I've written about Ollabelle a number of times over the last several years, which is a good indication of how highly I regard this ensemble. They came together about 5 or 6 years ago after meeting and playing together at a gospel jam on the lower East side of New York.  Something clicked between them and they subsequently put together a demo recording which was sent to T-Bone Burnett (Oh brother, Where Art Thou) who quickly signed them and produced their self-titled debut CD. Their music is a true "Americana" gumbo mixing  gospel, blues, country, spirituals, traditional songs and folk music. Even their cover of The Rolling Stones "I Am Waiting" sounds like a traditional American roots song. This video is a cover of The Band: (No More Cane)

Their second CD, Riverside Battle Songs, was produced by Larry Campbell with Ollabelle and included mostly original material written in those aforementioned styles, along with a couple of Ollabelle arrangements of traditional songs and covers of Nina Simone's See Line Woman and Ola Belle Reed's High On A Mountain. (You now know where their name came from)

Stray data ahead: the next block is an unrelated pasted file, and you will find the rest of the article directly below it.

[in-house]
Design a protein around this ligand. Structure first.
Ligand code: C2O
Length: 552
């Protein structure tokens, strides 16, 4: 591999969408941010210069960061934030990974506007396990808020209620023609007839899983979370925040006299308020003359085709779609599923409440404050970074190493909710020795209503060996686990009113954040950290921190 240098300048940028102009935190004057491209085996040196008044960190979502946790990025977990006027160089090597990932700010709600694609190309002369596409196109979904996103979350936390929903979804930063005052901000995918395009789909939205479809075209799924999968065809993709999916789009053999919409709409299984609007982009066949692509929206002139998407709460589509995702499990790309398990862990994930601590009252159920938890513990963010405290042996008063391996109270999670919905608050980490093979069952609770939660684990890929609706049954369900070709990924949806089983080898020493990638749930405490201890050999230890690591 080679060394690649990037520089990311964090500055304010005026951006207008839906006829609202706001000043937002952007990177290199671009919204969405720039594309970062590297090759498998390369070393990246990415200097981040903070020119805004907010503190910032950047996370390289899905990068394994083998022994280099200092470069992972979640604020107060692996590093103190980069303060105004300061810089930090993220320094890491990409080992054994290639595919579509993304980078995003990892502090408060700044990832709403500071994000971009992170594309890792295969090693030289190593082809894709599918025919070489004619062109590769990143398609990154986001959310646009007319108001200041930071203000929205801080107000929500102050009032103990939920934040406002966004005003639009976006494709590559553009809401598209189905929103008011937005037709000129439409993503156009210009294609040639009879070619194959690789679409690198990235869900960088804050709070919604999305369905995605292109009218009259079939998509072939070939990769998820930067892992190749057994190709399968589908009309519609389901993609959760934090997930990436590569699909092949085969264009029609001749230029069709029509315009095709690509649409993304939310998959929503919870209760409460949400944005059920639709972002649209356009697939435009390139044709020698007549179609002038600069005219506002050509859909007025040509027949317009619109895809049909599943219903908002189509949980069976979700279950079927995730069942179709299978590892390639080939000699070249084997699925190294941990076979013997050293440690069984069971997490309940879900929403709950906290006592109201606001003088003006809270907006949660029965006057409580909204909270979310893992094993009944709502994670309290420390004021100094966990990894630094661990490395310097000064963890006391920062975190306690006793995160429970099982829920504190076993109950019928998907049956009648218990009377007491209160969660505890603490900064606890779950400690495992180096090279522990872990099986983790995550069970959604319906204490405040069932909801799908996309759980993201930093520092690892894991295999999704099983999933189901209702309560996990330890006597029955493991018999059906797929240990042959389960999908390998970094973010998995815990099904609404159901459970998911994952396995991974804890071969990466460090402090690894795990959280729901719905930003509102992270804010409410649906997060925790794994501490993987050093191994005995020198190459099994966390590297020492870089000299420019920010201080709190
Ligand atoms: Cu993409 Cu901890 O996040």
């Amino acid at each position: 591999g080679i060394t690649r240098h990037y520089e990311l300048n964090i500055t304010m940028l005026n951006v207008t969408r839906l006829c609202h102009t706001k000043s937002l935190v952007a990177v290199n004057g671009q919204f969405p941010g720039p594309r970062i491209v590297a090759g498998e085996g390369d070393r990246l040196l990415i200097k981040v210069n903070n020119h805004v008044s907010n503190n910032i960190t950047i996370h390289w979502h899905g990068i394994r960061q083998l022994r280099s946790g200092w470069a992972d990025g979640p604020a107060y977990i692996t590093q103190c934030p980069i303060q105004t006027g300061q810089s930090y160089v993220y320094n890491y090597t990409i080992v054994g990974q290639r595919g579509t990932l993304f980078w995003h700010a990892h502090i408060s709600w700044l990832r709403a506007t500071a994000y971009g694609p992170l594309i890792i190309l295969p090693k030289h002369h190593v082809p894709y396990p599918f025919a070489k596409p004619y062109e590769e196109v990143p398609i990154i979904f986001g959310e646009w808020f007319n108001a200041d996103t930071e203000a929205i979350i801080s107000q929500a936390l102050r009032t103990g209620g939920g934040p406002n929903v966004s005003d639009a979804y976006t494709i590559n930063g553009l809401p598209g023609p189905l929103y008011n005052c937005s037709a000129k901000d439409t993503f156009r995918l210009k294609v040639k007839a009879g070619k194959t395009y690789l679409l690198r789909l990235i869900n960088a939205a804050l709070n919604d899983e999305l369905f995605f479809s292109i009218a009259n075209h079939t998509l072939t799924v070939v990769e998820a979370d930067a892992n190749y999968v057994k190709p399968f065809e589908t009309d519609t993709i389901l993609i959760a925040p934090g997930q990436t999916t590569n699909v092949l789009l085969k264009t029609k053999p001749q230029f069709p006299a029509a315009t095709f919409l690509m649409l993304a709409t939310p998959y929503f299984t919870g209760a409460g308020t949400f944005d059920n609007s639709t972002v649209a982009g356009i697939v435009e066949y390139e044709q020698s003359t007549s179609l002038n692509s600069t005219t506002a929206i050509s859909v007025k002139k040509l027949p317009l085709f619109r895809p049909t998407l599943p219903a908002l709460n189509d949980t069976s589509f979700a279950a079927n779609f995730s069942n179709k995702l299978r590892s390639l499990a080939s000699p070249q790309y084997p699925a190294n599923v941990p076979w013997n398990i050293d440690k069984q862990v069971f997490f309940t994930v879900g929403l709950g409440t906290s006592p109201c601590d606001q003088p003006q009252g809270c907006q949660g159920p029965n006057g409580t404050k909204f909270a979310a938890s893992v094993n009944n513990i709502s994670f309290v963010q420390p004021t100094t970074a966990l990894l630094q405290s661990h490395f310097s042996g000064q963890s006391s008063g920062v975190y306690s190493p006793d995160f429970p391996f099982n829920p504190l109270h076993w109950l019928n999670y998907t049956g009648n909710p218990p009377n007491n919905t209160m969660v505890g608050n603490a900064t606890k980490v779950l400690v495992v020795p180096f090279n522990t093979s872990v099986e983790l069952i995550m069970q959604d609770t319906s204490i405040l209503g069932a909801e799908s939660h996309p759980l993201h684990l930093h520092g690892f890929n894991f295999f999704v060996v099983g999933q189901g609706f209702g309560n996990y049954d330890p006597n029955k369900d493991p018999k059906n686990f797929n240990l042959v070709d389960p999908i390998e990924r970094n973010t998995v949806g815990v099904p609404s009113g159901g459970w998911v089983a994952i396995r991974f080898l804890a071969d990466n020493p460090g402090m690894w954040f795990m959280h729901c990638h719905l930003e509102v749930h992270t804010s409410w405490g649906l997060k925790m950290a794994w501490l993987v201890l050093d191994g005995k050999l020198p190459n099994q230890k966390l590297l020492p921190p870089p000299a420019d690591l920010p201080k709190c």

The band members include Glen Patcha (keyboards), Amy Helm (mandolin), Tony Leone (drums), Byron Isaccs (bass, dobro) and Fiona McBain (guitars). They all contribute lead vocals, harmony vocals and songwriting. Original member Jim Zhivago (guitar) and guest performer Jay Collins (sax) also joined the group for this lunchtime gig in Jersey City. This show was one of a series of lunchtime shows the band was performing all week leading up to Saturday's tribute to Johnny Cash which includes Ollabelle and a number of other artists such as Marshall Crenshaw, John Doe and The Persuasions

 

Amos Lee: July 14th at Highline Ballroom

Amos Lee is a soulful Philadelphia singer/songwriter whose style has hints of Daryl Hall, Bill Withers, Steve Winwood and even Sam Cooke. Getting to see him in the past was always easy, but he has a new release called Last Days at the Lodge which was produced by Don Was, and apparently he's getting very popular. This show was sold out weeks in advance and a crowd of young folks gathered outside hoping to score tickets.